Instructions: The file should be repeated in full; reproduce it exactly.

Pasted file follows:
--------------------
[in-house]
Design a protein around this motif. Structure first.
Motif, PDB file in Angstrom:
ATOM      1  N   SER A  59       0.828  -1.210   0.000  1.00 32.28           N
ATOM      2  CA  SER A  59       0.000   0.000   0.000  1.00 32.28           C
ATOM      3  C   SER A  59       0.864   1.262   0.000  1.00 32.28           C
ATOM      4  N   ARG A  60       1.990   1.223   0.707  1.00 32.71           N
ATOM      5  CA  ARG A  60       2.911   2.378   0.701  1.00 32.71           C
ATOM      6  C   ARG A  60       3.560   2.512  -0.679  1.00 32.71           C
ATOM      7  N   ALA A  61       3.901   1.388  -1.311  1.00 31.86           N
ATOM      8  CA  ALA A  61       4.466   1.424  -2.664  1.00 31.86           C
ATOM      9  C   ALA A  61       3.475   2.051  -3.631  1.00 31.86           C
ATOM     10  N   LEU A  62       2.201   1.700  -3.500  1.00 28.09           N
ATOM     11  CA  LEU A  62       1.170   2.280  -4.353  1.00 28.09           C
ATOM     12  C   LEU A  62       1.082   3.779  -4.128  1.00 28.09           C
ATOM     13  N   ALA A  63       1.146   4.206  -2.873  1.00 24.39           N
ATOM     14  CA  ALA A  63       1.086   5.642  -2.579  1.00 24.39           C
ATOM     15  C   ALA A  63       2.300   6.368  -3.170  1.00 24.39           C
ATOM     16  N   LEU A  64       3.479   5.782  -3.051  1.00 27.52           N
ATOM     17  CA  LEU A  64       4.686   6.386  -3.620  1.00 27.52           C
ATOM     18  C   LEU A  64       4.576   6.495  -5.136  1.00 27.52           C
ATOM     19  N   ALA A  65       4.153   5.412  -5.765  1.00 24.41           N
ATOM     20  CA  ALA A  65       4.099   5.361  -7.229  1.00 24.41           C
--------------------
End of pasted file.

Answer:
[in-house]
Design a protein around this motif. Structure first.
Motif, PDB file in Angstrom:
ATOM      1  N   SER A  59       0.828  -1.210   0.000  1.00 32.28           N
ATOM      2  CA  SER A  59       0.000   0.000   0.000  1.00 32.28           C
ATOM      3  C   SER A  59       0.864   1.262   0.000  1.00 32.28           C
ATOM      4  N   ARG A  60       1.990   1.223   0.707  1.00 32.71           N
ATOM      5  CA  ARG A  60       2.911   2.378   0.701  1.00 32.71           C
ATOM      6  C   ARG A  60       3.560   2.512  -0.679  1.00 32.71           C
ATOM      7  N   ALA A  61       3.901   1.388  -1.311  1.00 31.86           N
ATOM      8  CA  ALA A  61       4.466   1.424  -2.664  1.00 31.86           C
ATOM      9  C   ALA A  61       3.475   2.051  -3.631  1.00 31.86           C
ATOM     10  N   LEU A  62       2.201   1.700  -3.500  1.00 28.09           N
ATOM     11  CA  LEU A  62       1.170   2.280  -4.353  1.00 28.09           C
ATOM     12  C   LEU A  62       1.082   3.779  -4.128  1.00 28.09           C
ATOM     13  N   ALA A  63       1.146   4.206  -2.873  1.00 24.39           N
ATOM     14  CA  ALA A  63       1.086   5.642  -2.579  1.00 24.39           C
ATOM     15  C   ALA A  63       2.300   6.368  -3.170  1.00 24.39           C
ATOM     16  N   LEU A  64       3.479   5.782  -3.051  1.00 27.52           N
ATOM     17  CA  LEU A  64       4.686   6.386  -3.620  1.00 27.52           C
ATOM     18  C   LEU A  64       4.576   6.495  -5.136  1.00 27.52           C
ATOM     19  N   ALA A  65       4.153   5.412  -5.765  1.00 24.41           N
ATOM     20  CA  ALA A  65       4.099   5.361  -7.229  1.00 24.41           C